Call Me Georgie

Jorge Luis De Barba heads up strategic planning at Havas Vale México. His full-time job is understanding people on a deeper level. Because of Mexico’s diversified culture made up of layers of diversity, he says consumers are searching for real insightful concepts that enhance and empower their uniqueness. The question: How do you accomplish this? Jorge gives us insight on reaching consumers both in Mexico and across the globe.

Jorge Luis De Barba

Tell us about yourself.

Hello, I’m Georgie. (Laughs)

Well, my full name is Jorge Luis De Barba, but as you may have noticed, my name sounds like the name of someone in a Mexican Telenovela. So, I prefer Georgie.

I’ve been head of strategic planning at Havas Vale México since January.

Advertising for me has been the most beautiful way of finding myself and learning to love myself as I am. As a child, I always felt like an outsider. When I was 18, I was introduced to the advertising world. And finally, I found my place in the world, a place that appreciates differences and uniqueness.

Since then I’ve been totally in love with strategy; working with big global and local brands such as Chrysler, Exxon, Grupo Carso, Hershey´s, H&M, HSBC, Johnson & Johnson, Mastercard, the government of México City, GoPro, El Palacio de Hierro, Sony Pictures, Virgin, and many others.

What’s the most interesting thing about working at Havas?

One word: diversity.

Diversity empowers uniqueness. Uniqueness enables us to create wonderful things. There are thousands of ways to understand but still live united in the world. It’s really amazing when you think about it.

How important is it to set common goals for your team?

When I hear about “common goals,” I immediately tend to think of boring business common goals that are seemingly unrelated to me. It’s not inspiring. Business common goals come off as cold, unpassionate, and totally unrelatable to anyone.

My challenge is to find the balance between business and personal life goals for everybody on my team, and then inspire them to support everyone’s goals to achieve success. Making real common goals is the challenge.

How would you explain strategic planning to a child?

So, imagine this: You desperately want a chocolate bar. You ask your mommy for it. And she says no naturally. But you still want it, right? How can you get it? Think about it for 30 seconds.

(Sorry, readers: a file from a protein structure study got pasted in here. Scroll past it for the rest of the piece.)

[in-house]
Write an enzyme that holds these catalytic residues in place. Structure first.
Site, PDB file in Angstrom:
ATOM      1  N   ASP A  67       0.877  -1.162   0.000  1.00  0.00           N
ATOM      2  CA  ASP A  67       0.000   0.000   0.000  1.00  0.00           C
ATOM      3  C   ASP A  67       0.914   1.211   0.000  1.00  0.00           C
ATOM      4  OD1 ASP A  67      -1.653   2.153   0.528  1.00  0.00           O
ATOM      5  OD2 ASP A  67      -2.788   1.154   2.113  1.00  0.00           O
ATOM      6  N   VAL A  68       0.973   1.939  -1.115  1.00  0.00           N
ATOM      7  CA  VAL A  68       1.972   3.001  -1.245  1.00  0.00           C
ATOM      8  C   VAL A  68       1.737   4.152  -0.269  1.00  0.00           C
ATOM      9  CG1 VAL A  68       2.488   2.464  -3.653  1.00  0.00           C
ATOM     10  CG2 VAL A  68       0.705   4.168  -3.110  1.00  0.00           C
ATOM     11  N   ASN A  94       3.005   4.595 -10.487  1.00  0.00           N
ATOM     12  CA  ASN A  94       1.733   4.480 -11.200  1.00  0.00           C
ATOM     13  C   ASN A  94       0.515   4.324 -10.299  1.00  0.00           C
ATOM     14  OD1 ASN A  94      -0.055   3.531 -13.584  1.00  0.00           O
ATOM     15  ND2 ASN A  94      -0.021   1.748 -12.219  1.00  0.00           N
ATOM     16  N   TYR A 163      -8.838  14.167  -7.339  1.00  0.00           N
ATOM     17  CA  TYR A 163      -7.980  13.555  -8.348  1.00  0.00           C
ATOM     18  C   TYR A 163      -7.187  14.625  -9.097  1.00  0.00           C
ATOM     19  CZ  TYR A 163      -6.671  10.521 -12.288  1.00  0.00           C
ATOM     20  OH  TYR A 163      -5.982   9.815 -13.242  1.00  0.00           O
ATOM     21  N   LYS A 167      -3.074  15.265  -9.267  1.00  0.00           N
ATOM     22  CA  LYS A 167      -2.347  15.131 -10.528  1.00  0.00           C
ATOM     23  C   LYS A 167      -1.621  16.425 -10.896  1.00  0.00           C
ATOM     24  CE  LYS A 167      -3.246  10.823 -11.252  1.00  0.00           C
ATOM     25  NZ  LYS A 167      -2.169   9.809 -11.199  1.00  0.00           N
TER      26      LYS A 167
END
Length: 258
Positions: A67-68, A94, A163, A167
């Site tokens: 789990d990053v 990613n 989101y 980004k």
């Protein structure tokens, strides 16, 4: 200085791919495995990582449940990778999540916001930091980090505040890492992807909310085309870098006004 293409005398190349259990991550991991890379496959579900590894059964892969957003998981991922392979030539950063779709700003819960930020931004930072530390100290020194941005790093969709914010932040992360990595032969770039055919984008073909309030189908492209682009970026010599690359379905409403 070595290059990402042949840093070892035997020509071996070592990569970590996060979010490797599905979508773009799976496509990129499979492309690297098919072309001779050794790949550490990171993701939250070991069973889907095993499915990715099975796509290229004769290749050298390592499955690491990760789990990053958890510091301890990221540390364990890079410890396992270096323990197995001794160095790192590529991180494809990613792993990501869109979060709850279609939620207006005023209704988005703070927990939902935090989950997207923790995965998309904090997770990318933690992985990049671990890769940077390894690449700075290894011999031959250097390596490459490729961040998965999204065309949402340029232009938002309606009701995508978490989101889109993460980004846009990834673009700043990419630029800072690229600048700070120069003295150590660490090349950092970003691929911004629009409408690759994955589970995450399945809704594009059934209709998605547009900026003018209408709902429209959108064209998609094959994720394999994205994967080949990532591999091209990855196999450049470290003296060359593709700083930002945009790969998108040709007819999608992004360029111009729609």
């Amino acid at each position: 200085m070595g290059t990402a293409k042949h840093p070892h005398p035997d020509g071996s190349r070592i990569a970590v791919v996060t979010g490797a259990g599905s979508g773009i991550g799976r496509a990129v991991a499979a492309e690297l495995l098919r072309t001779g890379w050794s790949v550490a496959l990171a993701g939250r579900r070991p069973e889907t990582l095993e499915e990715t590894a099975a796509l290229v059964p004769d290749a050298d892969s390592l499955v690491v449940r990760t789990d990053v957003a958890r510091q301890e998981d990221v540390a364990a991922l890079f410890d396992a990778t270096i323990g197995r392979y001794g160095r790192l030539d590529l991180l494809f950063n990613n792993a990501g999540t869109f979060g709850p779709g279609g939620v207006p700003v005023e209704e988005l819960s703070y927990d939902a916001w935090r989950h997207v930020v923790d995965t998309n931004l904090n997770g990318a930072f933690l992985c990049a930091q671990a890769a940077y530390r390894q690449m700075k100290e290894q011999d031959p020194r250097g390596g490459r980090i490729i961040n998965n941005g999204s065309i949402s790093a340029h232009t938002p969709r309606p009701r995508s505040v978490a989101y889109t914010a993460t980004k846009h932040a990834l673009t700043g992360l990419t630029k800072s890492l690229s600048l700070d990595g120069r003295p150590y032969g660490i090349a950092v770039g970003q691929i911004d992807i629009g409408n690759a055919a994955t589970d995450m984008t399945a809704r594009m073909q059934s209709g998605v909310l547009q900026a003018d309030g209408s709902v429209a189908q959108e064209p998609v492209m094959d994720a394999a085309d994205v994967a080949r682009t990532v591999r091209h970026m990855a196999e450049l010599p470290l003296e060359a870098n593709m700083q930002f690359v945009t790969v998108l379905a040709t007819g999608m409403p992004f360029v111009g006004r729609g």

I’m sure you can think of a lot of ways of getting your treat—throwing a tantrum, yelling, asking for it nicely, saying please, or even stealing it. Think about your mommy: How can you convince her? Which is the best way to convince your mother? You can decide the best way to convince mom because you know her.

That´s what I do for a living: Understand people very deeply in order to give them exactly what they want.

To an adult?

Think the last time you got to solve something very complex. Our life is full of problems and variables. My work is to see all those things as opportunities and to make the right choices to achieve success. Strategy is about watching the whole picture, then exploring and exploiting the potential.

Is marketing in Latin America different than other markets? What about Mexico, specifically?

Mexico is a very unique country in itself, filled with magic, diversity and so many layers. Therein lies one of the biggest challenges from a marketer’s perspective.

We are living in a new era, a new Mexico full of hope and strength. Mexicans are tired of overpromising, exaggerations, or just lies. They are looking for real, insightful concepts that enhance and empower their uniqueness.

This is very challenging but still magical.

How are they similar to other markets?

Consumer issues are the same in all markets. All consumers seek to feel safe, to have the certainty that everything will be fine. Their values are based on well-being, goodness, and love. What changes are the forms, the symbols, and the concepts in every region. Today, we see globalized consumers with a strong omnichannel tendency. We are the same, but different.

What do you hope to see someday in the advertising industry that you don’t see now?

I dream of an advertising industry based on justice, transparency, and ethics.

What inspires you?

I’m inspired by the strength and soul of my people. My country is complex, and it’s very inspiring how people can get together, believe in each other, and make big things. #FuerzaMexico.  

How do you inspire others?

I try to stay loyal to myself. Empower uniqueness and diversity. Embrace democratic choices, and help everyone that I can.

What’s the best advice that you have for someone who is just starting a career, say people in their 20s or 30s?

I’m only 32. But I’ve got three pieces of advice:

The power of no. Saying no, it’s OK. The way to success is not always a long journey, it’s a journey of balance. Saying no, it’s realistic and mature. It’s better to give an honest no than a fake yes. Say no when you have to say it—whether to a boss, a client, or a partner.

Nothing is that important: We were taught that any situation in advertising can be chaotic and that things are resolved with more chaos. No anguish will make a problem disappear. Relax, breathe, and learn. I promise that no difficulty is too big. Everything will take its course.

Finally, believe in yourself. People might think that you are a freak, or that you are too eccentric, too bossy, too colorful, too smart, too analytical, too whatever. Being you is incredible. Being you is the only thing that will lead you to massive success.

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